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IOMA engaged bankrupt man as a consultant

Community News

Community News

A businessman who quit as chairman of a quango managing UK public funds after it emerged he had been declared bankrupt was engaged as a consultant with Manx firm IOMA.

Tony Caplin hit the headlines last month over revelations he had been appointed by UK premier David Cameron to chair the Public Works Loan Board despite being made bankrupt in 2012 with debts of more than £3m.

Mr Caplin subsequently resigned his chairmanship of the Treasury board which is responsible for multi-million pound loans for infrastructure projects.

Now details have emerged of the former Tory party chief operating officer’s business links to the Isle of Man.

It’s been widely reported that he was director of Manx-registered Kellmar Ltd that ceased trading in February 2012. And now the Manx Independent has learned he was taken on by island-based IOMA as a consultant in 2013.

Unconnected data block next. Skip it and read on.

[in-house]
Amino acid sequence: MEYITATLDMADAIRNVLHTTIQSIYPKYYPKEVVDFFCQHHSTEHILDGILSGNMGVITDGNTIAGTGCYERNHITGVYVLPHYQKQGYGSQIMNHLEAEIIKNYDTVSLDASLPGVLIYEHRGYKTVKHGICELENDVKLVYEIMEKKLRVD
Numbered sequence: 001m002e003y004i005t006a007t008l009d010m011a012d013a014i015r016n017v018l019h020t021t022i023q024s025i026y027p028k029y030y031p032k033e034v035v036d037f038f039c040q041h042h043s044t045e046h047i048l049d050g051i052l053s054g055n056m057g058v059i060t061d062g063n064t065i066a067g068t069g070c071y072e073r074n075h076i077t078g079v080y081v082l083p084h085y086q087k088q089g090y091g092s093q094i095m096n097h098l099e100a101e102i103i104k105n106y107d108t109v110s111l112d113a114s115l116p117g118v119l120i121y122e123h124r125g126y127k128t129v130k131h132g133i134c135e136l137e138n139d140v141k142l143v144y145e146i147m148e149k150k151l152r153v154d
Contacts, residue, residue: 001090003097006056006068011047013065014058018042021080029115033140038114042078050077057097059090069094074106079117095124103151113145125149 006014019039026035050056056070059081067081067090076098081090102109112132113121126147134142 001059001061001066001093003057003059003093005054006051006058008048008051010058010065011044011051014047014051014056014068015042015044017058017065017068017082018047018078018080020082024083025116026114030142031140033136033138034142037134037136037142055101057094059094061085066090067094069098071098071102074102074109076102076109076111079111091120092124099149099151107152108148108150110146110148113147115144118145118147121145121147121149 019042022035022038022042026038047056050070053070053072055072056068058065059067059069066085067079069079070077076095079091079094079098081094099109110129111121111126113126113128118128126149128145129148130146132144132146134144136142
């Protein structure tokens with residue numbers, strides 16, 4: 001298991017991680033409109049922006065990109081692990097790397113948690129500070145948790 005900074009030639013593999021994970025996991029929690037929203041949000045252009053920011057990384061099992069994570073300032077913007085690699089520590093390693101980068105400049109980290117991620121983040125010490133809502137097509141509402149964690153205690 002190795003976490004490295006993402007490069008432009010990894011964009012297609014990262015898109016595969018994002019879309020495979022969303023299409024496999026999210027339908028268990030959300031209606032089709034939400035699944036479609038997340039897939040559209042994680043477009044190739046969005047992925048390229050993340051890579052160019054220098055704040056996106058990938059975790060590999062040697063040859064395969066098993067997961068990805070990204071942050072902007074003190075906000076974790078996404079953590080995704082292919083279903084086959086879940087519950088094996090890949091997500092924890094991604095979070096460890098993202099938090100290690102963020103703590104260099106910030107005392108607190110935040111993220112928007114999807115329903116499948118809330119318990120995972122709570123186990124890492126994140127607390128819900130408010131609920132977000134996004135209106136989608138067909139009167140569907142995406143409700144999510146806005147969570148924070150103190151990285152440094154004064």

A spokesman for the company said: ‘I can confirm that Mr Caplin was engaged by the company’s former CEO as an external consultant at the time he was on the board of the Treasury.

‘He was engaged for a short-term, one-off project which was not related to day-to-day client focused business and was paid for this project; he was not retained. It is company policy not to comment on the terms relating to any supplier or the nature of their engagement. We have no additional comment to make.’

UK newspaper reports suggest Kellmar may have fallen victim to a $2bn Venezuelan bond scam - this may be the reason for Mr Caplin’s bankruptcy.

A letter, purporting to come from the president of the Central Bank of Venezuela, stated the company was due to be the beneficiary of a $2bn (£1.2bn) Venezuelan bond - paying annual interest of 9.2 per cent. But no bond was ever transferred and the Central Bank’s president Nelson Merentes has denied he ever signed any such bonds over.

Mr Caplin was appointed to PWLB by the Labour government in 2003. But he was reappointed and made chairman by David Cameron 10 years later. Labour has accused the Tory leader of a serious error of judgement. Downing Street said Mr Caplin should have declared he was bankrupt.

 

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